Improving patient outcomes, meanwhile, requires monitoring patients both in the hospital and at home. “You need to be able to connect the dots across the continuum of care,” Gopalkrishnan says. But organizations can quickly become overwhelmed with performance data from internal and external sources.

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The Modern Data Platform and the Quintuple Aim

In traditional environments, this data remains siloed, stored and maintained on-premises by the business unit that collects and therefore “owns” it. Data also largely remains in its native format, unreadable by business intelligence or analytics software. This hinders Quintuple Aim improvement efforts, as decision-makers across the organization are forced to act with only a fraction of the data that would be beneficial to them.

Enter the modern data platform, which allows organizations to embrace an agile approach to optimizing data. The modern data platform makes it possible for organizations to store and manage data from a centralized, cloud-based location. Doing this removes the silos that previously made data inaccessible, reduces the resources devoted to on-premises data center management and offers the flexibility to add resources where needed.

In addition, the modern data platform provides the computing power necessary for running real-time analytics — essential for the clinical decision support that contributes to better outcomes and patient experiences. Finally, the platform makes it easy to add homegrown or third-party modules that contribute to performance improvement initiatives, such as tools that track survey results and flag responses that may benefit from a follow-up.

READ MORE: How can zero trust best protect healthcare organizations’ data?

There are four important questions healthcare organizations should ask before implementing a modern data platform:

  1. What are the desired business outcomes? Defining these goals should involve clinical stakeholders, not just IT leadership. This will ensure that efforts are directly tied to Quintuple Aim improvement efforts and not initiatives with little business value.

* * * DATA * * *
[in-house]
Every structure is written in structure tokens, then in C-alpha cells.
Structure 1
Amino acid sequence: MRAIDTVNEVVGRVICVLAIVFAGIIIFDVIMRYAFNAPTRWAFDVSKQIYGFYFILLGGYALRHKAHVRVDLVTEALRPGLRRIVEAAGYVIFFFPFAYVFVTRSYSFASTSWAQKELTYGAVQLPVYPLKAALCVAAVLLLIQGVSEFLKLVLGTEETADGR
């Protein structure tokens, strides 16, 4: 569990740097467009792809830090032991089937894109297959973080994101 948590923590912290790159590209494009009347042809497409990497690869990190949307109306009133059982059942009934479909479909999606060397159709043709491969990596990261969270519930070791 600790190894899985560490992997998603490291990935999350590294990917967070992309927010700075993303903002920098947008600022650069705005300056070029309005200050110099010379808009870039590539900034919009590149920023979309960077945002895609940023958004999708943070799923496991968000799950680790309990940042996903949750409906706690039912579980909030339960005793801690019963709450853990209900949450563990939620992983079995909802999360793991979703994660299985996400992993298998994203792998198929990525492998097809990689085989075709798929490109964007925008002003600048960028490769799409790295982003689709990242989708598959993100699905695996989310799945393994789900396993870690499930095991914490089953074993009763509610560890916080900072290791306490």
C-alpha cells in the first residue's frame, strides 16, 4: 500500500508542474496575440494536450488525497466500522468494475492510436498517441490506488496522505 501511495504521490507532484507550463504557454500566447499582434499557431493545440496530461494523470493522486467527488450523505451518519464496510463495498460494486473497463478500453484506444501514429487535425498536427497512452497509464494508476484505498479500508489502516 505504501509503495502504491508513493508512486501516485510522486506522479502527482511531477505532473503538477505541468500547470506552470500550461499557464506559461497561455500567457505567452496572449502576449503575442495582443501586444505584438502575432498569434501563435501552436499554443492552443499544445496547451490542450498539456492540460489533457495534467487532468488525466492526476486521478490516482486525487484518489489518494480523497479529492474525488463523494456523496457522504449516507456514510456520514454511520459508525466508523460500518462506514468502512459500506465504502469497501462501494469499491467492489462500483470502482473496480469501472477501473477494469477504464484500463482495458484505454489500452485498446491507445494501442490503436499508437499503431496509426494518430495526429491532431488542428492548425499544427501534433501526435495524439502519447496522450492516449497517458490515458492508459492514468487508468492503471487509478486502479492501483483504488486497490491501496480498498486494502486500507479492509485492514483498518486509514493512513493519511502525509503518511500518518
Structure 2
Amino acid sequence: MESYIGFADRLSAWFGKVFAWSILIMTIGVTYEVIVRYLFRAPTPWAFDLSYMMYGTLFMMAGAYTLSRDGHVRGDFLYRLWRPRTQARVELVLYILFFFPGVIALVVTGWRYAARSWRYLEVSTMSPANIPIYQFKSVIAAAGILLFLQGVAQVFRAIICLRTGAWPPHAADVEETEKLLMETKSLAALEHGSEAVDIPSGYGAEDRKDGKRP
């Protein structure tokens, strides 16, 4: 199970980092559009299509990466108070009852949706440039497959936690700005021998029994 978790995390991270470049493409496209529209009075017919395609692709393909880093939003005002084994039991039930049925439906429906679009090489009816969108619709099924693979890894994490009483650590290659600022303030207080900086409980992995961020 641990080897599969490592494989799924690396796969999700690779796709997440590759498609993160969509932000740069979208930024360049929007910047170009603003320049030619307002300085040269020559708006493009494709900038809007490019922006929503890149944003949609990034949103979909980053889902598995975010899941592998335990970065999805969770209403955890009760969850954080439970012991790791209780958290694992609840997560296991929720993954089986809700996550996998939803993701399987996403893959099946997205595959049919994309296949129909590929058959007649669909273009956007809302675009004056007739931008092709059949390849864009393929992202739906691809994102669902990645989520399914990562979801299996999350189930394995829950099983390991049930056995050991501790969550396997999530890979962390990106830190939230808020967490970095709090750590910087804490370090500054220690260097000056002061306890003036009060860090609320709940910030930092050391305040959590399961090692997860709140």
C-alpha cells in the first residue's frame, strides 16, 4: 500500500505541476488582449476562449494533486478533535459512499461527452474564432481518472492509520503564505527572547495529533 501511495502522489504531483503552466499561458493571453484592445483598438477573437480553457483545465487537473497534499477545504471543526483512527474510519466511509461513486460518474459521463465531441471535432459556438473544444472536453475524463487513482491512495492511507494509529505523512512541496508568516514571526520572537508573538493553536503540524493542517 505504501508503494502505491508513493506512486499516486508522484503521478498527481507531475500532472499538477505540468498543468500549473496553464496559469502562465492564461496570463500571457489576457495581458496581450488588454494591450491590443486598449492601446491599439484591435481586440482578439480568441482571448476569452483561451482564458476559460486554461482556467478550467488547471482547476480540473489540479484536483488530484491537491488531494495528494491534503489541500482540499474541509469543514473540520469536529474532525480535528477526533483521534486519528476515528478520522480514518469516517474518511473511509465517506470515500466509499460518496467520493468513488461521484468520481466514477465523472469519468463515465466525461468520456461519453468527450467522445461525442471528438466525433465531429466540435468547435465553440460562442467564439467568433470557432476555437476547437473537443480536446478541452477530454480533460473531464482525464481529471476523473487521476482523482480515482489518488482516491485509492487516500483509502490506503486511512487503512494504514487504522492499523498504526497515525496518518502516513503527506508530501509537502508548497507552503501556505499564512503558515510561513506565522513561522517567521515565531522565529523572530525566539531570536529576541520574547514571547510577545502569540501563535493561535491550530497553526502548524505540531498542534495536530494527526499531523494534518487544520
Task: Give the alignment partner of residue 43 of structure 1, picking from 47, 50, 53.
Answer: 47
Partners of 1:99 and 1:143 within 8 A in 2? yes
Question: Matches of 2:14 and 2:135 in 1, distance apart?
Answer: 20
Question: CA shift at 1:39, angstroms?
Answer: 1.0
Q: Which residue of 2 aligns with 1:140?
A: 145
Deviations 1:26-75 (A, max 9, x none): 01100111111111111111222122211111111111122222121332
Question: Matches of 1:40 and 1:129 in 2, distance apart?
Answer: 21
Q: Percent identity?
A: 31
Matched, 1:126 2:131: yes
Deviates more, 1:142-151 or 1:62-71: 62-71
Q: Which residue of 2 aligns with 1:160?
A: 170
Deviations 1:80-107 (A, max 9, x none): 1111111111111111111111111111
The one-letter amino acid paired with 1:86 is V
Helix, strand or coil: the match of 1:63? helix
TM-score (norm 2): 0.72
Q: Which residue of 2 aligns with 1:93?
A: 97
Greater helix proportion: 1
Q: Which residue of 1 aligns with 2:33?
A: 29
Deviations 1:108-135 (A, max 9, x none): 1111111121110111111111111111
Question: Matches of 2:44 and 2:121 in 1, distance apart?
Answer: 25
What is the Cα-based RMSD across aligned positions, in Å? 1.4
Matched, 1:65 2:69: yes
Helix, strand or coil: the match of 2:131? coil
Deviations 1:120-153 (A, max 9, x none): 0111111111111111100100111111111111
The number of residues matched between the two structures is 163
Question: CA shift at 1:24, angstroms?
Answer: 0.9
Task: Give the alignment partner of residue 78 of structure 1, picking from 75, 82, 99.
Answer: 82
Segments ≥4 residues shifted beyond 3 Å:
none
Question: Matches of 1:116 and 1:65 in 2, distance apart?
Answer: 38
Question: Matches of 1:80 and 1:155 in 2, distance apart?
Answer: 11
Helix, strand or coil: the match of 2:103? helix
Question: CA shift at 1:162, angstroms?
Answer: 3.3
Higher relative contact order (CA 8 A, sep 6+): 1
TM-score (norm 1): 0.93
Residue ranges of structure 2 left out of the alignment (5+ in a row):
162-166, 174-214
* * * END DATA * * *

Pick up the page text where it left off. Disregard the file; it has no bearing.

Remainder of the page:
2. What challenges currently stand in the way? Business and IT leaders should assess existing data assets and infrastructure. Among other steps, this process should identify opportunities to improve data quality or define new policies for data governance so data is more accessible and usable once the data platform is in place.
  3. What people, processes and technology are necessary? A modern data platform isn’t a server that can be plugged in and turned on. Every organization has unique improvement goals tied to the Quintuple Aim, and that means implementing a modern data platform with the right features and modules to meet those needs.
  4. How will data needs evolve? The modern data platform should be flexible enough to accommodate emerging technologies as well as new business goals that come with new data management needs.

In looking at ways to layer technology atop the modern data platform, Gopalkrishnan recommends prioritizing third-party partners that emphasize outcomes over product features. To address an issue such as the impact of staffing levels on patient outcomes, for example, an organization should project staffing shortages over a period of several years. In turn, that model can help determine which technology investments — ICU monitoring, tele-triage or process automation, for instance — can maintain the level of care necessary to meet Quintuple Aim goals.

“You need to work backward from your desired end state to build the right solution,” Gopalkrishnan says. “For the problem in front of you, you need to know the most efficient and effective and scalable models, along with what sources of data you need to build those models.”